Thursday

21 July 2011

"The nations shall know that I am the Lord" (v. 23)

Background

Ezekiel was a priest. As such, he was concerned with the holiness of God. In this passage, Ezekiel expressed the view that the basis of God's judgement against the people and their leaders was that they profaned God's name among the nations.

Ezekiel wrote from exile in Babylon in the sixth century BC, seeking to come to terms with what had happened to his country and its people. The city had been conquered by Nebuchadnezzar, the people had been exiled - and, worst of all for a priest, the temple had been destroyed.

The prophet has explained God's judgement as a rejection of the rule of false shepherds (the shepherd was a familiar image at that time for the rulers of the people) and the corruption of the rulers of the nation (see Monday's passage). He has expressed a hope for the future in terms of a new symbolic figure, like David, who would rule with justice (see Wednesday's passage).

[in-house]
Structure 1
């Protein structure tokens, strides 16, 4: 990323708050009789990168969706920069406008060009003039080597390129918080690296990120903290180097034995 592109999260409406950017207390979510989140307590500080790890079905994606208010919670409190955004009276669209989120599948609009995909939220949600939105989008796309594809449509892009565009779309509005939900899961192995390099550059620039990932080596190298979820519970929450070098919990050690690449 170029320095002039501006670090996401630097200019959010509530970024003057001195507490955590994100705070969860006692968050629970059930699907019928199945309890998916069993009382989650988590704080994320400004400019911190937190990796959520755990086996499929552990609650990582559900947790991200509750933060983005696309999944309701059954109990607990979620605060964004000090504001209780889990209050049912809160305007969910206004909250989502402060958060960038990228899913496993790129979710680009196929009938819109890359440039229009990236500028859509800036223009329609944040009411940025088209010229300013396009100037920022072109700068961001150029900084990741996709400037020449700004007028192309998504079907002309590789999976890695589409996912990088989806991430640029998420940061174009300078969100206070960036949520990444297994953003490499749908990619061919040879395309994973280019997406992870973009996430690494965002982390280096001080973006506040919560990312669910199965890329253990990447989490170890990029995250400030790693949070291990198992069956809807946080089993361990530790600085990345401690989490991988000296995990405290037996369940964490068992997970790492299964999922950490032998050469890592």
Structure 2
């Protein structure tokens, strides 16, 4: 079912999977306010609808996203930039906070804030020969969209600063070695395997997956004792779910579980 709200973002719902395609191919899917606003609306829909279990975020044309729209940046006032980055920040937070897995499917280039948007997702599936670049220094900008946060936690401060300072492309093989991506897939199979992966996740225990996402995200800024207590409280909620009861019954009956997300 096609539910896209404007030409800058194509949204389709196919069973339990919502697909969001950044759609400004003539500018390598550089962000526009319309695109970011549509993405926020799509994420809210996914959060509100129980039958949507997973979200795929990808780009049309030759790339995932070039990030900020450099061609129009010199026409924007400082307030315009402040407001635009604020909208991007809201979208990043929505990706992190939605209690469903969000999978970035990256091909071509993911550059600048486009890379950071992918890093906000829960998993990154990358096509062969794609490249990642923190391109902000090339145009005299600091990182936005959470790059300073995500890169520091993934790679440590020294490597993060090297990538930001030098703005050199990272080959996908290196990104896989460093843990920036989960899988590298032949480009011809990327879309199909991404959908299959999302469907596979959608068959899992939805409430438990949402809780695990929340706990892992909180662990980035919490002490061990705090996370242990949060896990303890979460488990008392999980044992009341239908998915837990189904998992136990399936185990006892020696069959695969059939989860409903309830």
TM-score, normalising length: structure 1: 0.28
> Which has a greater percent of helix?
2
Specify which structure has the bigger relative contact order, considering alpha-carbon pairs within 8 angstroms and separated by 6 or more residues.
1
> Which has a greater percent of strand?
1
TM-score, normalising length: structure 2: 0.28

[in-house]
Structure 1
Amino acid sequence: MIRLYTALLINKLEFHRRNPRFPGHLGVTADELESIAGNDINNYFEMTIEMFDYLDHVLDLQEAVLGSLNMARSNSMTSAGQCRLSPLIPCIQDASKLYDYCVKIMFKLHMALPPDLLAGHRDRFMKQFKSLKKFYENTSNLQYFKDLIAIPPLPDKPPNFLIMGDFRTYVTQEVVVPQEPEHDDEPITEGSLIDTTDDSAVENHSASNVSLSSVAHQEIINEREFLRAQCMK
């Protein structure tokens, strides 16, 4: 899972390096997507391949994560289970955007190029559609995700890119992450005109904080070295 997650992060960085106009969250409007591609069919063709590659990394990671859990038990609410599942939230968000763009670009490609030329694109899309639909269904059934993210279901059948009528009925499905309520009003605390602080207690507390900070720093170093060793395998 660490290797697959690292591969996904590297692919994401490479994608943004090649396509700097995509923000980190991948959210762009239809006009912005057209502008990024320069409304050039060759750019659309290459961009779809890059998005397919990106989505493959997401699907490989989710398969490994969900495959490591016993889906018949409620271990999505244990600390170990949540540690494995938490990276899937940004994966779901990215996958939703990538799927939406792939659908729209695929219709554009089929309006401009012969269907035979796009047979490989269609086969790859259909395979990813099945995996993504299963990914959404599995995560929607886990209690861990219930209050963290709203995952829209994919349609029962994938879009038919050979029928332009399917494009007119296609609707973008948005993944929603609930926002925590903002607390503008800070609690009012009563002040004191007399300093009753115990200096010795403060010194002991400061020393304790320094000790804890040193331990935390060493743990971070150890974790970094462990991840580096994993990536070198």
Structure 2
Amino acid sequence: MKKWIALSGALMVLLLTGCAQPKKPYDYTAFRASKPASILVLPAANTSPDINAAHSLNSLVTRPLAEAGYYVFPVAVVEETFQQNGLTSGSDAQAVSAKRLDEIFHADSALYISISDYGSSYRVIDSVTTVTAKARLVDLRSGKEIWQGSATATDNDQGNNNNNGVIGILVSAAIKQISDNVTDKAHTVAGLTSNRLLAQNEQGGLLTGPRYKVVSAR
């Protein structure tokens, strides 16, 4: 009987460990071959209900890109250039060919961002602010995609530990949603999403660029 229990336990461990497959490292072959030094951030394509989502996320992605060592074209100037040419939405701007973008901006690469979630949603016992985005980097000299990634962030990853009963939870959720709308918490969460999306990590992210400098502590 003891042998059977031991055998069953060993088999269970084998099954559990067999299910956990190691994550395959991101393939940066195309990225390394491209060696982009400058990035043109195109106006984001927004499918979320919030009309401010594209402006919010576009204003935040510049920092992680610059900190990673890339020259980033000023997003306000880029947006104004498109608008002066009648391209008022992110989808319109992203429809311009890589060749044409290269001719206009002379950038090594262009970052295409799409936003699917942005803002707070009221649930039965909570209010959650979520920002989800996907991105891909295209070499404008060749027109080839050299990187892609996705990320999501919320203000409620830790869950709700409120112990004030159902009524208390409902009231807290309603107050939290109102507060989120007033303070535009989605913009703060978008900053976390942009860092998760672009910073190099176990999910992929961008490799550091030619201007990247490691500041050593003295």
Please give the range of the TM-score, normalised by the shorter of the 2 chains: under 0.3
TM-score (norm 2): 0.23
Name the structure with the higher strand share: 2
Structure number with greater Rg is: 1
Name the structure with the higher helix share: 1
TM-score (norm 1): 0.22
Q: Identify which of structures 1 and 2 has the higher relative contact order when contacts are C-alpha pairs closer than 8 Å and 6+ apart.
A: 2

But Ezekiel's anger is not only against unjust rulers. It extends to those who, in consequence of the exile, have decided to blame God rather than accept the responsibility for the exile for themselves. The prophet-priest identifies 'blaming God' as a profanity. Ezekiel has exposed his priestly belief that injustice and religious profanity go hand in hand. He believed that if the people and their leaders had put God first, they would have established a just rule and they would not have been defeated and exiled.

God's renewal of the nation, promised by Ezekiel, was so that God's name could be held high again amongst the nations of the world. The renewal was for God's sake, not just for the sake of the exiled people. This was Ezekiel speaking in his priestly capacity, just as earlier the voice of Ezekiel the prophet had condemned injustice and promised a new leadership. This priestly word has added a fresh dimension to the prophesy of Ezekiel.

To Ponder

In what ways does the 'priest/prophet', combined in the person of Ezekiel, help you to make a more profound analysis of what is wrong with society today and point a way forward for renewal?

Can you identify any priestly, prophetic figure in recent years who expressed in their life what is seen in the figure of Ezekiel? Who are they and what was it about them that made you think of them?

Bible notes author: The Revd Dr David Calvert

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